Erin Rogers is a super-talented composer and saxophonist who I’ve known for a couple of years. We met for the first time over lunch many years ago while I was in the early stages of writing the Composer’s Guide, where we had a wonderful conversation about publishing and composer career issues that has always stuck with me. Our paths haven’t crossed much in the intervening years, so I was glad to have a reason to reconnect with Erin by inviting her on the show. And boy was I glad I did!
This is the first show that I’ve done not just live, but in-person, as well! We attempted to broadcast as per usual, but I discovered after the fact that Google Hangouts stopped actually broadcasting after the first 20 minutes…leaving another 70 that never went out to YouTube! Fortunately, as I’ve learned about doing this whole podcasting thing, I’ve started recording the audio on my own end (and asking my guests to record theirs, as well), so the entire conversation was captured on my laptop, and wasn’t lost due to the screw-ups of our Google Overlords.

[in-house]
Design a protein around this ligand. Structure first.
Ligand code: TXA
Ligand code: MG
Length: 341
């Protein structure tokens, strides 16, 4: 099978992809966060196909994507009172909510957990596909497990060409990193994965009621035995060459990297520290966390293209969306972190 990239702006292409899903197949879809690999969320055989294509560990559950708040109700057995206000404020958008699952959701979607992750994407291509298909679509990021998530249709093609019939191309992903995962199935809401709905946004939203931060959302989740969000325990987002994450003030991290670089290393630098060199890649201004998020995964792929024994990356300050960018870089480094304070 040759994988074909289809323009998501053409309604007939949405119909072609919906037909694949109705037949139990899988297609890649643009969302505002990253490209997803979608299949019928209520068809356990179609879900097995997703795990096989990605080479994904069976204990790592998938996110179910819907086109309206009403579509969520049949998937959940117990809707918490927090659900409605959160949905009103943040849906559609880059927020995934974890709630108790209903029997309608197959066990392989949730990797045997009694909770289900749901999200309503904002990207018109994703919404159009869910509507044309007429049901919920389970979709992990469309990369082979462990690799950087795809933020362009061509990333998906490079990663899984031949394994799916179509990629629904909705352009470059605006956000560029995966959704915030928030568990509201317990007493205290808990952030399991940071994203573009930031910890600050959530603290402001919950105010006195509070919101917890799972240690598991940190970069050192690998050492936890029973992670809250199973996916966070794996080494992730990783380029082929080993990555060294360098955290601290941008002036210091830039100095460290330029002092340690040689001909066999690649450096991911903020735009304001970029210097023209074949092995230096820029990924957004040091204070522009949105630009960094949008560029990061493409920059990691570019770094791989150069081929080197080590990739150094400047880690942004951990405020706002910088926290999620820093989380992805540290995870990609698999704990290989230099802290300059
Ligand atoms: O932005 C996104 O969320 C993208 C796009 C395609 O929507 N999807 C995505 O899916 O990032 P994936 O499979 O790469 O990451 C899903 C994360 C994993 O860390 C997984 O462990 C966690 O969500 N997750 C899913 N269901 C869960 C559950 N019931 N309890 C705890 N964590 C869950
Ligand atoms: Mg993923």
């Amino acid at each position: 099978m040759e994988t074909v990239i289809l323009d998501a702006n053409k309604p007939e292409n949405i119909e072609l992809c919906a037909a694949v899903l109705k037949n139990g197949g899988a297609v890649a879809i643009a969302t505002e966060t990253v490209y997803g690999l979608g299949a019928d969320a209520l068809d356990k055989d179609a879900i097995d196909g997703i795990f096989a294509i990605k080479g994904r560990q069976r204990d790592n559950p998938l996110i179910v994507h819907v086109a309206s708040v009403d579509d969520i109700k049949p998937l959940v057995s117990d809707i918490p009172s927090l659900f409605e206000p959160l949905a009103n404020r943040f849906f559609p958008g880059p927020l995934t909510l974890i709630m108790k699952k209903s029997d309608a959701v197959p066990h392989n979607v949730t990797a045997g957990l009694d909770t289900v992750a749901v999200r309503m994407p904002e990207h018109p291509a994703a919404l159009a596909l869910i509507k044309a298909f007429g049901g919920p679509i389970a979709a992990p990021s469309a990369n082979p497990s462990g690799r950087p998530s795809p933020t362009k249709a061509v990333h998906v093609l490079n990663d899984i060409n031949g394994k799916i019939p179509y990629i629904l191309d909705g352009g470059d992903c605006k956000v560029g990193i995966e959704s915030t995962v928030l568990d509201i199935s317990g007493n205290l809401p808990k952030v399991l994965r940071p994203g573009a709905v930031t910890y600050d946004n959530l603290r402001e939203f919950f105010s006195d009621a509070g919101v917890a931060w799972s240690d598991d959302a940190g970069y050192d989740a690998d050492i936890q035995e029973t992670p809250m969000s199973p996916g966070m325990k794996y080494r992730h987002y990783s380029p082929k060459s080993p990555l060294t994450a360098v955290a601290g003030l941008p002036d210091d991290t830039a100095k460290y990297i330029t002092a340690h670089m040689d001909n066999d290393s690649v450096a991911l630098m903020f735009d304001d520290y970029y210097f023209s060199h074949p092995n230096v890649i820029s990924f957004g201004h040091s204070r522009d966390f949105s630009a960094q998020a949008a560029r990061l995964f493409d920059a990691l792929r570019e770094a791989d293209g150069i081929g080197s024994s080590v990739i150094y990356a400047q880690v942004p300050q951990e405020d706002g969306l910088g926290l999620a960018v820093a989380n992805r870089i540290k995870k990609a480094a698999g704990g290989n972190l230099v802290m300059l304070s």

After we stopped our broadcast, Erin and I hung out for several more hours, still talking along the same lines as on the show. We poured ourselves another drink and kept talking at my apartment, then went out for dinner, and kept the conversation going there. A part of me wishes we’d “kept the cameras rolling” as it were, because we covered lots of fertile ground.
During our recorded conversation, however, we managed to talk about:
- Social media
- How a score isn’t always finished until it’s performed, or until the composer dies
- Proofreading your own scores
- The importance of a second pair of eyes on your scores
- Allowing time for proofreading and part extraction
- Having the resources of a publisher behind you vs. taking full control yourself
- Engraving/formatting standards
- Setting up your scores and front matter
- Handling perusal scores
- Licensing performances
- Being a performing composer
- Starting an ensemble for the love of the music
- Following established models, keeping low overhead, and working with the right people
- Licensing works for performances
- Some potential pitfalls of working with traditional publishers
- Some of the new models for working with publishers